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ASTRONOMY: Helpful tips for viewing the total eclipse in April 2024

by David Cater | June 1, 2023 at 6:30 a.m.
David Cater/Star-Gazing This image of a total eclipse in 2017 was made stacking 18 images one on top of the other showing the corona.

On April 8, 2024, there will be a total eclipse of the sun that will be visible near where most of the readers of this column live. Now is the time to prepare for this event. The eclipse path will pass over central Arkansas and probably best be seen a bit east of Russellville.

As a veteran of the August 2017 total eclipse, I learned a few things I want to pass on to those who will make a serious attempt to see it.

There will be many open fields across Arkansas that would be ideal for watching the eclipse. I don't know about these and their availability on eclipse day. Viewing from a field owned by someone else will probably require permission and, perhaps, a fee. Now is the time to scout and make arrangements because others are too!

I recommend you get a good book about the eclipse and read it carefully, especially if this is your first eclipse. You must understand beforehand what will take place to be ready for it. Preparedness is the key to having a good eclipse experience.

My brother and I read several such books over a period of a year and planned for the eclipse for more than a year. We are experienced observers of sky phenomena, but we had never seen a live eclipse, and we knew the eclipse would happen very quickly.

The total eclipse of 2017 was about 2 minutes and 15 seconds long, although the moon's silhouette could be seen before and after totality for about two hours. The April eclipse of 2024 will last a bit more than 4 minutes, as seen in Arkansas.

If I were planning an ideal trip to see the eclipse, I would go to the observing spot on the day before the eclipse and either stay with a relative or friend or secure commercial lodging. Why get there a day before? Because something will go wrong, and you will need time to cope with the unexpected. Getting into a last-minute rush takes some of the fun out of the experience, and you will be competing for the highway and your observing spot with everyone else who is just arriving at the last minute!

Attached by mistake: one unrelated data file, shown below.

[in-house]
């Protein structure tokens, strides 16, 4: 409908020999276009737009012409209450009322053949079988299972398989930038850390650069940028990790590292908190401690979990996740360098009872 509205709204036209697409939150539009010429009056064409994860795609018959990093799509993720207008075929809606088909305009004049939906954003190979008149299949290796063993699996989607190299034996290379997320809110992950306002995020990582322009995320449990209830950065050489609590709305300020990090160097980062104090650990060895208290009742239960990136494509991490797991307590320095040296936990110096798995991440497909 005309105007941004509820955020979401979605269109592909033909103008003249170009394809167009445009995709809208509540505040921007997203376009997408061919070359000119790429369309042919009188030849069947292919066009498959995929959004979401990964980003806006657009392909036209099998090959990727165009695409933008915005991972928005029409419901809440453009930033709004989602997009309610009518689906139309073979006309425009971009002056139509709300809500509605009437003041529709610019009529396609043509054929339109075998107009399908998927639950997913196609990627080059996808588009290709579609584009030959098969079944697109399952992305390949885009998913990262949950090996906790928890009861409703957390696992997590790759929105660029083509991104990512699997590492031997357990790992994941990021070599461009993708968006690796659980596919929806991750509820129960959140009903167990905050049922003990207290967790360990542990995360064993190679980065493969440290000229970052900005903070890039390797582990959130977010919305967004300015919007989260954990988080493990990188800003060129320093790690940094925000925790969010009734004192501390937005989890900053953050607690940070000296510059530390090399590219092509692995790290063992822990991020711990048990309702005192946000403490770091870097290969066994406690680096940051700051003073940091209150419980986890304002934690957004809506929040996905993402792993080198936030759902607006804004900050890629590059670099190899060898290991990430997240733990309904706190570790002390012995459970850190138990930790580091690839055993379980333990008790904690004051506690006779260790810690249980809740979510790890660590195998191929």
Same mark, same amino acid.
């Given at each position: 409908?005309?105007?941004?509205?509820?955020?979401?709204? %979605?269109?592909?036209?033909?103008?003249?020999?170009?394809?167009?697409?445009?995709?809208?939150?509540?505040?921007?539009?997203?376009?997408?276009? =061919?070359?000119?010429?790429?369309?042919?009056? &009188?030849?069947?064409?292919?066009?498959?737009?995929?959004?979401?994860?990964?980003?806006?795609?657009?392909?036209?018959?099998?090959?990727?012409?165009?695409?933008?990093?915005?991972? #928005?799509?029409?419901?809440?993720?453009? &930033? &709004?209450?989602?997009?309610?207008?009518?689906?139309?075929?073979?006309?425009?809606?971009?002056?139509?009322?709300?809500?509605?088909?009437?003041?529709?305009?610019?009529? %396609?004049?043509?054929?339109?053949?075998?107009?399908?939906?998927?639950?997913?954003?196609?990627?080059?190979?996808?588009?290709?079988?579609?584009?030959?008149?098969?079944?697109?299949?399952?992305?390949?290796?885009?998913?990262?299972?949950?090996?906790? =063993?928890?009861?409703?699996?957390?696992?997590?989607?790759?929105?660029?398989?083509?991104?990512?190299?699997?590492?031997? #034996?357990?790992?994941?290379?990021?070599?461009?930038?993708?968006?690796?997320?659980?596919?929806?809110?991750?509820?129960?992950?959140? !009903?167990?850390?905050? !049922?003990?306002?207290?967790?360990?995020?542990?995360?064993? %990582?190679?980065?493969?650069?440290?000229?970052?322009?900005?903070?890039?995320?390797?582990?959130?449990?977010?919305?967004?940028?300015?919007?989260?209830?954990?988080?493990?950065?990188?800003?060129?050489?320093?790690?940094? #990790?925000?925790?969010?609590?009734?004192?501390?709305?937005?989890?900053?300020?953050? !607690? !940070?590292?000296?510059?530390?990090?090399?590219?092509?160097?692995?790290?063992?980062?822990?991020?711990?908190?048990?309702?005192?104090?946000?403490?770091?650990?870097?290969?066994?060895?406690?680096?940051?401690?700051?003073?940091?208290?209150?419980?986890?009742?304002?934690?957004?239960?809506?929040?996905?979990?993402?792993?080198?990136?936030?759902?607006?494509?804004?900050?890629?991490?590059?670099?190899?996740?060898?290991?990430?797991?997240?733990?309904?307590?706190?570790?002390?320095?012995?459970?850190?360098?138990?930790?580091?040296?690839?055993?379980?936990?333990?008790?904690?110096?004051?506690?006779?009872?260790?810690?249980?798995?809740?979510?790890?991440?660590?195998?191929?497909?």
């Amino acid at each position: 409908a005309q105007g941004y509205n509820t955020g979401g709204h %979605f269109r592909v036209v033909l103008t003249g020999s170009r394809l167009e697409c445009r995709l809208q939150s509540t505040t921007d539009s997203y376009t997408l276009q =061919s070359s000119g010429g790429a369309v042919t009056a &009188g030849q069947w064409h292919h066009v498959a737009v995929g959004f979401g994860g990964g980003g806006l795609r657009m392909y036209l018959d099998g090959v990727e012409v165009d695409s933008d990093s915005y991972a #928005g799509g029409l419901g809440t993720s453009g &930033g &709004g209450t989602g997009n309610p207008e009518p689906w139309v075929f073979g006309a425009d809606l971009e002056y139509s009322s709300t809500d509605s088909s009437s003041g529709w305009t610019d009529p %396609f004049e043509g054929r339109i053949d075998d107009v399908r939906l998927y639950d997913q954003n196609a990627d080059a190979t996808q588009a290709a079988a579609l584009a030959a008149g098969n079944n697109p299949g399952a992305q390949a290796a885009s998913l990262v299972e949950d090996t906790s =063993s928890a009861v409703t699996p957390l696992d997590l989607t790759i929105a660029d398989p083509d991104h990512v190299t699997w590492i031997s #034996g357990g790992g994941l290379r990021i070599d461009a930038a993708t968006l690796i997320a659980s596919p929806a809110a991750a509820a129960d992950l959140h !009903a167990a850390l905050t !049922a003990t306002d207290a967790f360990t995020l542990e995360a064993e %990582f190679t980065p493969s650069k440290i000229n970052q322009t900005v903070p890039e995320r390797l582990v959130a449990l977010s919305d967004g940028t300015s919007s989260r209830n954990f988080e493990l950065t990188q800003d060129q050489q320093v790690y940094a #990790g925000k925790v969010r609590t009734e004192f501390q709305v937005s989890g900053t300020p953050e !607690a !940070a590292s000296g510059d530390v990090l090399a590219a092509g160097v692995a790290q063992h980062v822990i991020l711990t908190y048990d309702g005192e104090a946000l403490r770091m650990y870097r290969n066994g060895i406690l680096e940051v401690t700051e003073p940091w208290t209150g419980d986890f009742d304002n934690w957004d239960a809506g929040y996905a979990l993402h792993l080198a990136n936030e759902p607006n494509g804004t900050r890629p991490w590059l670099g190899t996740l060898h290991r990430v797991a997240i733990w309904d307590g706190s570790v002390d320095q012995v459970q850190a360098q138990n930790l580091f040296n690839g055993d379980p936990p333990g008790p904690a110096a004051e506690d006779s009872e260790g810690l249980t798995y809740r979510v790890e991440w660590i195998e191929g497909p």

Except when the sun is entirely covered by the moon, you must wear eclipse glasses for observing pre-and-post totality events! During totality itself, you may remove the eclipse glasses and view the sun while totally eclipsed, but do not remove the eclipse glasses at any other time! Your children will need to obey these instructions too. Check to see that they have them on when looking at the sun.

Eclipse glasses will be sold by many vendors. It is good to buy your eclipse glasses weeks before the eclipse because there was a run on these the week before the 2017 eclipse, and some couldn't get them.

For those planning to photograph the eclipse, you will need a solid tripod. You will want to take as many photos as you can, as fast as you can, and a tripod will really steady things down. Many will try photographing the sun with just the normal lens already on their cameras. If you do this, the sun's image will be very small. I would recommend a 300mm telephoto lens, at a minimum. I will be shooting at more than 400mm from a site near Sulfur Springs, Texas. For those more advanced, I recommend a good equatorial mount that will track the sun as the Earth turns. [For you folks, get there before nightfall the day before to get good polar alignment.]

You may need a remote shutter cable too, so you won't shake the camera when shooting. You will be very excited and awestruck, and the tripod will help. Be sure to get meticulous focus -- focus on any sunspots that may be on the sun's face. If there are no sunspots, use the edge of the Sun for sharp focus.

When I took my eclipse photos, I set my camera at ISO 200 and started shooting at 1/2000th second. I then worked back from there, ending with a 2.5-second exposure. I took more than 300 images in two minutes! However, for the final photograph, I only used 18 of those photos, which were then stacked by a professional, scientific photographer from Caltech. I have included a photograph of 18 images, stacked one on top of the other, showing the corona as best as I could.

If I had any success at all, it was because of careful and lengthy preparation! Things happened very fast, and I needed to have a clear picture in my mind of what I would do beforehand. A panic can set in if you haven't planned, and this is never happy.

I will have further news about this upcoming eclipse as it approaches.

David Cater is a former faculty member of JBU. Email him at starb[email protected]. The opinions expressed are those of the author.

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